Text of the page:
ΝΑ ΔΟΘΟΥΝ ΣΤΗ ΔΗΜΟΣΙΟΤΗΤΑ ΟΙ ΜΙΣΘΟΙ ΤΩΝ ΣΥΝΔΙΚΑΛΙΣΤΩΝ ΔΕΗ ΚΑΙ ΟΙ ΩΡΕΣ ΕΡΓΑΣΙΑΣ ΤΟΥΣ.

    ΝΑ ΔΟΘΟΥΝ ΣΤΗ ΔΗΜΟΣΙΟΤΗΤΑ ΟΙ ΜΙΣΘΟΙ ΤΩΝ ΣΥΝΔΙΚΑΛΙΣΤΩΝ ΔΕΗ ΚΑΙ ΟΙ ΩΡΕΣ ΕΡΓΑΣΙΑΣ ΤΟΥΣ.

    ΝΑ ΔΟΘΟΥΝ ΣΤΗ ΔΗΜΟΣΙΟΤΗΤΑ ΟΙ ΜΙΣΘΟΙ ΤΩΝ ΣΥΝΔΙΚΑΛΙΣΤΩΝ ΔΕΗ ΚΑΙ ΟΙ ΩΡΕΣ ΕΡΓΑΣΙΑΣ ΤΟΥΣ.

    ΑπάντησηΔιαγραφή
  29. Αγαπημενα αλητακια Bloopers...

    Σας μιλά μια Καναδεζα (γεννημένη και αποφοιτη πανεπιστημιου του Τοροντο)η οποία γνωρίζει πολυ καλα τους Ελληνες του εξωτερικου και δη του Καναδα!!
    Μαλλον μπερδευτηκατε και επρεπε να λεγεστε Blobers ...δηλαδη κουραδες πτηνων... γιατι μονο άνθρωποι με σκατα στο μυαλό τους, η αγνοια λογω της μιζερης ξενιτιάς, η βαρειά προσηλωση σε νοοτροπια γκετο, μπορουν ναισχυρίζονται ότι ολοι οι μορφωμενοι μαζευτηκαν στην ΔΕΗ, σε λιγο θα μας πειτε να κανουμε και τη ΔΕΗ πανεπιστημιο!! ελεος!
    Θα θελα να δω ρε μαλακες, αν σαν φοιτητες αναγκαζοσασταν να πληρωνατε utιlities στα σπιτια που μενετε της ταξεως των 200 usd τι θα λέγατε!! PATHETIC Danforth residents....ζειτε σ ενα κρατος που εχετε 1ης ταξης μορφωση και πληρωνετε 1500 δολ. διδακτρα σε κορυφαια πανεπιστημια και εχετε και δωρεαν ασφαλιση...! Σας ασφαλιζει το Καναδικό Κρατος για να μπορειτε να λετε ολες αυτες τις μαλακίες?
    Επειδη...ξερω πως ειναι οι Ελληνες του Καναδα και τη γλώσσα τους δεν την βγαζουν τοσο εξω.. Μου φαινεστε περισσοτερο για αναρχοφασιστοκομμουνιστακια...που η μαλακια εχει σφηνωσει σαν τον καρκινο εκει που μονο μια επεμβαση μπορει να σας σωσει!! Τσογλανια...θα βγειτε στη ζωή και θα δουλεψτε αργα η γρηγορα...και τοτε θα δω την σκατομαγκια σας!!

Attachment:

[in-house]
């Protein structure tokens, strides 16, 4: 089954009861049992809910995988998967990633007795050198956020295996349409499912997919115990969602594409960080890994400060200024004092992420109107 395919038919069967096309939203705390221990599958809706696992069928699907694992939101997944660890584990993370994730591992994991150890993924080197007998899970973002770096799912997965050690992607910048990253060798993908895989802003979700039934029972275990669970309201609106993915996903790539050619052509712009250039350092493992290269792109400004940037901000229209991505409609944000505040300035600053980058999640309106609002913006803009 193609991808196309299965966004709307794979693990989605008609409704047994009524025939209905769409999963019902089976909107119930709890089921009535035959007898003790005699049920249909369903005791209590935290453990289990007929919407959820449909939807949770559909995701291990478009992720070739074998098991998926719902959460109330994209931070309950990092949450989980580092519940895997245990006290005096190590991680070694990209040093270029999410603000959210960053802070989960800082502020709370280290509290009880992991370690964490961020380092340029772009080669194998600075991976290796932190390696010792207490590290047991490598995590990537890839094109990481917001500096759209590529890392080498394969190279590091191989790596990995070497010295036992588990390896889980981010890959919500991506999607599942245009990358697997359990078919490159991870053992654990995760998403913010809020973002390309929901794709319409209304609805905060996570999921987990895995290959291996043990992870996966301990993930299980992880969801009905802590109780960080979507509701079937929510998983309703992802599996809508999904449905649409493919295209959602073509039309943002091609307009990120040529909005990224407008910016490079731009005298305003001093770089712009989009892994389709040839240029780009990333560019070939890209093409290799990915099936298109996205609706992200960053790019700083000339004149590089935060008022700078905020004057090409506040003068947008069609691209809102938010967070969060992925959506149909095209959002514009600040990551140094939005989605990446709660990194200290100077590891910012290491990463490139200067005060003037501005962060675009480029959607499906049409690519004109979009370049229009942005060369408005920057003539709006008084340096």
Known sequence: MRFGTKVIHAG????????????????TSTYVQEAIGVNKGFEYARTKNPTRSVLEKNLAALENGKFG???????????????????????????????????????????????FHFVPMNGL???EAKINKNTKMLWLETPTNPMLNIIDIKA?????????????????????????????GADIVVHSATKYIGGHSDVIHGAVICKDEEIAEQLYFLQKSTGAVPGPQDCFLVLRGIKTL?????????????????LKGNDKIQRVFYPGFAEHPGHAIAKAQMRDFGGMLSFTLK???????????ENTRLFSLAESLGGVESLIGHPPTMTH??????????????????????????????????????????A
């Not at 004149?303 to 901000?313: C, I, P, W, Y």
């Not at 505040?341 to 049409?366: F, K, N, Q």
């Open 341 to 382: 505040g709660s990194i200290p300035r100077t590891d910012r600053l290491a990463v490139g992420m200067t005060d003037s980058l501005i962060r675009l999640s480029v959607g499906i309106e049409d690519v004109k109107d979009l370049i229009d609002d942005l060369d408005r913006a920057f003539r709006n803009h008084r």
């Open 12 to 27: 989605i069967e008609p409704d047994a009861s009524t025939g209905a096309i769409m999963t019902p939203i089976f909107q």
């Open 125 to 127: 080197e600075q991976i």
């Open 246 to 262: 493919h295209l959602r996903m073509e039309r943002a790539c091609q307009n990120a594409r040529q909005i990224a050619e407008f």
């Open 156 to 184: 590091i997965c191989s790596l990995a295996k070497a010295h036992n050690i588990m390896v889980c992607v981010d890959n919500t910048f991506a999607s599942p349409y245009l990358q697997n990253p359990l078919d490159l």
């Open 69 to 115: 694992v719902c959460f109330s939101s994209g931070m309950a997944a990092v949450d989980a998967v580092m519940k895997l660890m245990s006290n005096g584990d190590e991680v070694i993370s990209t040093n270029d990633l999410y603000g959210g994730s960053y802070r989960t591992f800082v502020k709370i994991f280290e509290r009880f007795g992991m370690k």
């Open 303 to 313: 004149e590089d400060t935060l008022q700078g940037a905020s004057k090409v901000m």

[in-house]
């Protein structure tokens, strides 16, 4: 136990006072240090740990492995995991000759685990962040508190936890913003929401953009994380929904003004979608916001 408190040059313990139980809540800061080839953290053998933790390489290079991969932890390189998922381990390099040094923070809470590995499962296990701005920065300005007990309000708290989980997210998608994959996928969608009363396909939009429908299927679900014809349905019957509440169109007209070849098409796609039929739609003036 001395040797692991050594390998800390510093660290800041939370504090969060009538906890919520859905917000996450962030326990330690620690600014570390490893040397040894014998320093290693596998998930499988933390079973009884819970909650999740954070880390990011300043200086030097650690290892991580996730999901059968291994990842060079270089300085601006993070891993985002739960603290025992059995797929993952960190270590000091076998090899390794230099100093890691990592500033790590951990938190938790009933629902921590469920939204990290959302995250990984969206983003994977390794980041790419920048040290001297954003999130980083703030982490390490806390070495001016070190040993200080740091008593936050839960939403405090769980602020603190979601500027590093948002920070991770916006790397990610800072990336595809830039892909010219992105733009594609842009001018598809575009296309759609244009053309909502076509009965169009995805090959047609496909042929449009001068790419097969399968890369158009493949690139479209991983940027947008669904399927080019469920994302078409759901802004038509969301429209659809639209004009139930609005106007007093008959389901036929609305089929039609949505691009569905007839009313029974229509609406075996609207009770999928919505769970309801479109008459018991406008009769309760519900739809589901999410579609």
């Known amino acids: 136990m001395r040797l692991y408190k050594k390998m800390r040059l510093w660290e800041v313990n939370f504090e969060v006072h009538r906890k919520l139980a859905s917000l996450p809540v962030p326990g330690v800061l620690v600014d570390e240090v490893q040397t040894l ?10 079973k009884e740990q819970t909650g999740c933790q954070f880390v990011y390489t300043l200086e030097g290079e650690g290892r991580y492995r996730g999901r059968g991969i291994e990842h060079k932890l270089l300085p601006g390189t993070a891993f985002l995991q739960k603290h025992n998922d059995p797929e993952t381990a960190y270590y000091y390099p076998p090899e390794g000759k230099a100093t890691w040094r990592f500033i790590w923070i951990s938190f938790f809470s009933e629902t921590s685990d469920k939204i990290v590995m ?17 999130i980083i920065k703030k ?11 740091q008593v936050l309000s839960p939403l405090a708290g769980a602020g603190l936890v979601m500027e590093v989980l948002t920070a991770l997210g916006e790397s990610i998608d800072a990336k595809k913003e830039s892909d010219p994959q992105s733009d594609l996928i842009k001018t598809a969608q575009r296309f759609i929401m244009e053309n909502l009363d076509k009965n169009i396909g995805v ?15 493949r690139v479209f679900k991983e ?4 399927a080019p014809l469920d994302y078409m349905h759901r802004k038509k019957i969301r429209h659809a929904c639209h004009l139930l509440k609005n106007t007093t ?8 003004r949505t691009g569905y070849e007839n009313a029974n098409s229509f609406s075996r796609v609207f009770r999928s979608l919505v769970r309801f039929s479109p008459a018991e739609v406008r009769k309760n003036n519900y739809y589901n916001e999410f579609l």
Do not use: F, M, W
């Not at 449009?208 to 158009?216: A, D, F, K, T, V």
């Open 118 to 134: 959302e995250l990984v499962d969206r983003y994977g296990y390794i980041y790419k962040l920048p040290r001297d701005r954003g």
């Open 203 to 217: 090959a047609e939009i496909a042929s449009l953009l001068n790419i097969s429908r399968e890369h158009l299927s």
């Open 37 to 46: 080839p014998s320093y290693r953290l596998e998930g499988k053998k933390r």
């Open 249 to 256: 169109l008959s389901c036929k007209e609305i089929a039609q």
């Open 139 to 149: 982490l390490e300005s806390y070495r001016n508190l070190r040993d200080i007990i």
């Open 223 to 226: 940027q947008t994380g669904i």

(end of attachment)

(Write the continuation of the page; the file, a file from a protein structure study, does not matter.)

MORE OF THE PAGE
Αν ειστε ακομα Καναδα...περναει μια υφεσηηηηηηη...μουρλια... Σκατομαγκες ζειτε στο πολιτισμό και τολματε να μας κρίνετε? Αν έχετε κατι αναμεσα στα σκελια σας, βάλτε τσιγκινα σοβρακακια και ελατε αγορακια μου εδω, στην χωρα της ΔΕΗ να δειτε τι εστι κοκο... σαν κλαμμενες αδελφες θα γυριστε στο σπιτακι σας και στη ποδιά της μανουλας σας!!
    ΟΥΣΤ ΚΟΥΡΑΔΟΜΑΓΚΕΣ!

    7 Μάρτιος 2008 12:09 πμ










    Αγαπημενα αλητακια Bloopers...

    Σας μιλά μια Καναδεζα (γεννημένη και αποφοιτη πανεπιστημιου του Τοροντο)η οποία γνωρίζει πολυ καλα τους Ελληνες του εξωτερικου και δη του Καναδα!!
    Μαλλον μπερδευτηκατε και επρεπε να λεγεστε Blobers ...δηλαδη κουραδες πτηνων... γιατι μονο άνθρωποι με σκατα στο μυαλό τους, η αγνοια λογω της μιζερης ξενιτιάς, η βαρειά προσηλωση σε νοοτροπια γκετο, μπορουν ναισχυρίζονται ότι ολοι οι μορφωμενοι μαζευτηκαν στην ΔΕΗ, σε λιγο θα μας πειτε να κανουμε και τη ΔΕΗ πανεπιστημιο!! ελεος!
    Θα θελα να δω ρε μαλακες, αν σαν φοιτητες αναγκαζοσασταν να πληρωνατε utιlities στα σπιτια που μενετε της ταξεως των 200 usd τι θα λέγατε!! PATHETIC Danforth residents....ζειτε σ ενα κρατος που εχετε 1ης ταξης μορφωση και πληρωνετε 1500 δολ. διδακτρα σε κορυφαια πανεπιστημια και εχετε και δωρεαν ασφαλιση...! Σας ασφαλιζει το Καναδικό Κρατος για να μπορειτε να λετε ολες αυτες τις μαλακίες?